In The Air Again

With only a few exceptions, anyone who knows anything about history and aviation has respect (at worst) and love for the extraordinary De Havilland Mosquito fighter-bomber-reconnaissance airplane.

As a number of my Readers fall into the history/aviation dork genus, here’s an hour or so of the restoration of a Mozzie.  I loved every minute of it.

Even better, in Canada (????).  Brilliant stuff.

Good Old Days

Prompted by Insty’s invitation to his open thread:

…let’s take a wander down Memory Lane (right-click to embiggen):

Ah yes, the good old days, when California actually produced things, and made stuff.

Just Remembered

…that it’s Black History Month.

So here’s a brief summary of Black History in the U.S., as seen by Black Racist Hustlers, Inc.:

Myself, I’d rather commemorate this guy, who did more for race relations in this country than the whole bunch of today’s morons ever did.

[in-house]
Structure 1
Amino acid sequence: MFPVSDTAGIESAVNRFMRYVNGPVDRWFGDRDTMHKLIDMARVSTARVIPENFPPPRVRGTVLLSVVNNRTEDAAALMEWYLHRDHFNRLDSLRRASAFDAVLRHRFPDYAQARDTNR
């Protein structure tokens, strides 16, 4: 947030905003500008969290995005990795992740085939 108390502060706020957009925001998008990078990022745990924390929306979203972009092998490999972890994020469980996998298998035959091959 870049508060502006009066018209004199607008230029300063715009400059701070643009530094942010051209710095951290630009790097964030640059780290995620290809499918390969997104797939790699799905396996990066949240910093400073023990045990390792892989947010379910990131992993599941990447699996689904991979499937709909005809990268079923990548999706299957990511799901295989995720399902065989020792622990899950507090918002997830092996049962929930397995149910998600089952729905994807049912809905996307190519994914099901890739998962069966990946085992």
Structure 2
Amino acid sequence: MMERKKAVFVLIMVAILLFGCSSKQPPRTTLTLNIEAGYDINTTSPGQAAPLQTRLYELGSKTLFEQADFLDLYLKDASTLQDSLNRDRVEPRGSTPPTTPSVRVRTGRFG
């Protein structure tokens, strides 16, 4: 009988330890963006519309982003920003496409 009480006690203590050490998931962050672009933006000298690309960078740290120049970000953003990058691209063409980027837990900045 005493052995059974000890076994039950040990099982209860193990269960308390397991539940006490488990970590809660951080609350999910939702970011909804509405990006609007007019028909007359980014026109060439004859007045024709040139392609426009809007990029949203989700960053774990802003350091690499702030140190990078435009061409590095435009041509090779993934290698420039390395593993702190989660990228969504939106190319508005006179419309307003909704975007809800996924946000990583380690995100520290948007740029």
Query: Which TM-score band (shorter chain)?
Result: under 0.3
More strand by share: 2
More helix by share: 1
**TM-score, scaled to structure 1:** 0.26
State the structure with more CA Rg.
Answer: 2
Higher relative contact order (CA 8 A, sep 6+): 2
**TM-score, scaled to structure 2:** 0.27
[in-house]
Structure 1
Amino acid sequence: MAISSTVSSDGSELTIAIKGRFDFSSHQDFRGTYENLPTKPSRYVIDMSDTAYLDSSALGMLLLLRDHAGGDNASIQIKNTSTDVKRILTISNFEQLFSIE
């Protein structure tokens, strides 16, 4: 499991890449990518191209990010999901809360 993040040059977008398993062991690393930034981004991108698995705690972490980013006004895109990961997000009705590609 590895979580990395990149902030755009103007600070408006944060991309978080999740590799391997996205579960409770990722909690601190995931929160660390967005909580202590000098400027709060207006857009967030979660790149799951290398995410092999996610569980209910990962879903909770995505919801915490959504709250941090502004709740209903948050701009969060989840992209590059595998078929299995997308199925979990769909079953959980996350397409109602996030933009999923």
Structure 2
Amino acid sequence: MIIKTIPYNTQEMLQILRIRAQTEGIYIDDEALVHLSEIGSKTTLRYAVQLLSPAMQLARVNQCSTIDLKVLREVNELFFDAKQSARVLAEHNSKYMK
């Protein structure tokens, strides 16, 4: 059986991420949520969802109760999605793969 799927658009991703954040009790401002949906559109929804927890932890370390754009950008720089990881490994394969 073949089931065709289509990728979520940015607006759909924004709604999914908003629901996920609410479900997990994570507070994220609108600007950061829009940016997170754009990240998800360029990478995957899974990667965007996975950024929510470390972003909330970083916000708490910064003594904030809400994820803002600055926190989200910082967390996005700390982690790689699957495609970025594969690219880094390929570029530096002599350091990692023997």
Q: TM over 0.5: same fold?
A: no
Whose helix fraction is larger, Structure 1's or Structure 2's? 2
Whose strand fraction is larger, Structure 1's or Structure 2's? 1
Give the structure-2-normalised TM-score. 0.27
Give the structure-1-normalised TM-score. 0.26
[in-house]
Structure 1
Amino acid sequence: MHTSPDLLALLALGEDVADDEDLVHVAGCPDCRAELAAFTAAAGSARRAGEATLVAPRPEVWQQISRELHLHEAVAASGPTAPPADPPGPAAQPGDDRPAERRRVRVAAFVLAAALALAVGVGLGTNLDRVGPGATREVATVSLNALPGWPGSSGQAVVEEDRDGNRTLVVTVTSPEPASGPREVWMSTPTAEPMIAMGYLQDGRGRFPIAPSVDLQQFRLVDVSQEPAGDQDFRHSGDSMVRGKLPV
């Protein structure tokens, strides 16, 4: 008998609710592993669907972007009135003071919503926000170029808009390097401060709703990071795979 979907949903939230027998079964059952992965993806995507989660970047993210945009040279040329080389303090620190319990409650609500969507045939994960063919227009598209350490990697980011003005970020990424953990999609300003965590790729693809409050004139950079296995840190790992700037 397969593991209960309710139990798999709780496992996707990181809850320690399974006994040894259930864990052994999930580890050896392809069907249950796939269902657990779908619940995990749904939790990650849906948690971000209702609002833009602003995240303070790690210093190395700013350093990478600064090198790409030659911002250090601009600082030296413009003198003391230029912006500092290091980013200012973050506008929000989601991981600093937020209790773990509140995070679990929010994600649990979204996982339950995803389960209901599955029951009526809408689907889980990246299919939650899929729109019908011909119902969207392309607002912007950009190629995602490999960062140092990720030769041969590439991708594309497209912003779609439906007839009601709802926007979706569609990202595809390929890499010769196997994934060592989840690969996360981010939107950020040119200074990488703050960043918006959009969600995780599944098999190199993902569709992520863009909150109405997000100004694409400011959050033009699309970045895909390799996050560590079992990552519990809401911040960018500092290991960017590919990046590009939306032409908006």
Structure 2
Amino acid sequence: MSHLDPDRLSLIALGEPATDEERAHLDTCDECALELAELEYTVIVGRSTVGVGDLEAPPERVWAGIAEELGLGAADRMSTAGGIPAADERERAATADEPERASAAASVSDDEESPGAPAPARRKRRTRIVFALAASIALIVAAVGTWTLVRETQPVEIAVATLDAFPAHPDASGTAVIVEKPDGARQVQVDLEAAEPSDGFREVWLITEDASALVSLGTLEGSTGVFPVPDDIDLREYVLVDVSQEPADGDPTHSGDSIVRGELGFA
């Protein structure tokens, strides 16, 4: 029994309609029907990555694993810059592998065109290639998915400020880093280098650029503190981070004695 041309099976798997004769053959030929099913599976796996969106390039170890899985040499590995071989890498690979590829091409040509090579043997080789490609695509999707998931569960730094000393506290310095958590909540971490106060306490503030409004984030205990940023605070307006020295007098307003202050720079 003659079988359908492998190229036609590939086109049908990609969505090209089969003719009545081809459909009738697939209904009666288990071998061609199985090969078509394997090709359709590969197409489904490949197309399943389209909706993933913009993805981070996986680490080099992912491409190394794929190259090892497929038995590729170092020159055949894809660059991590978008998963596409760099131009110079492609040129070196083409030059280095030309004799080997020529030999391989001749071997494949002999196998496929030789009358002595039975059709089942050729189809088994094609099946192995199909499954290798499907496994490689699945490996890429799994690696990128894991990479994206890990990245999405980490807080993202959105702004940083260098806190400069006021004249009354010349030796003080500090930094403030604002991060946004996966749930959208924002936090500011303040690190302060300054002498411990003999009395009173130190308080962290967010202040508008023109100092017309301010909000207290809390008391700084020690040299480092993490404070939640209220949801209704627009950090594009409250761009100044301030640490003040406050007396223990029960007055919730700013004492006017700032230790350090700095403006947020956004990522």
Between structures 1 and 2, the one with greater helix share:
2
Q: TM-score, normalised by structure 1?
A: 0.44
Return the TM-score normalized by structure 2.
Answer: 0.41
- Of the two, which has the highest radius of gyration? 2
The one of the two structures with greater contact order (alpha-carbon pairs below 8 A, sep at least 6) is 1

The Guns Of August

I’ve probably read Barbara Tuchman’s book of the same name about half a dozen times, maybe more.  It’s a massive read, I think;  not for the faint-hearted and certainly a difficult one for the non-military-history reader.

TGOA is magnificent as a military textbook alone, but what Tuchman brings to the party is an exhaustive set of the biographies of the principal characters so that we can understand not just what they did, but in many cases why they did it.

And I know that Tuchman was a tired old New York Lefty, but not in this work.

Anyway, I happened on this EwwwChoob video which follows the book faithfully, albeit cutting a few parts out (because otherwise it would run for not 100 minutes, but for three days — about as long as it takes to read Tuchman’s volume).

And it has lots and lots of original footage, none of that tiresome reenactment nonsense.  Enjoy.

Afterthought:  Tuchman’s prequel to The Guns Of August, A Proud Tower, will change your ideas of history completely, and for the better.  It did mine, at any event.

Also:  link fixed.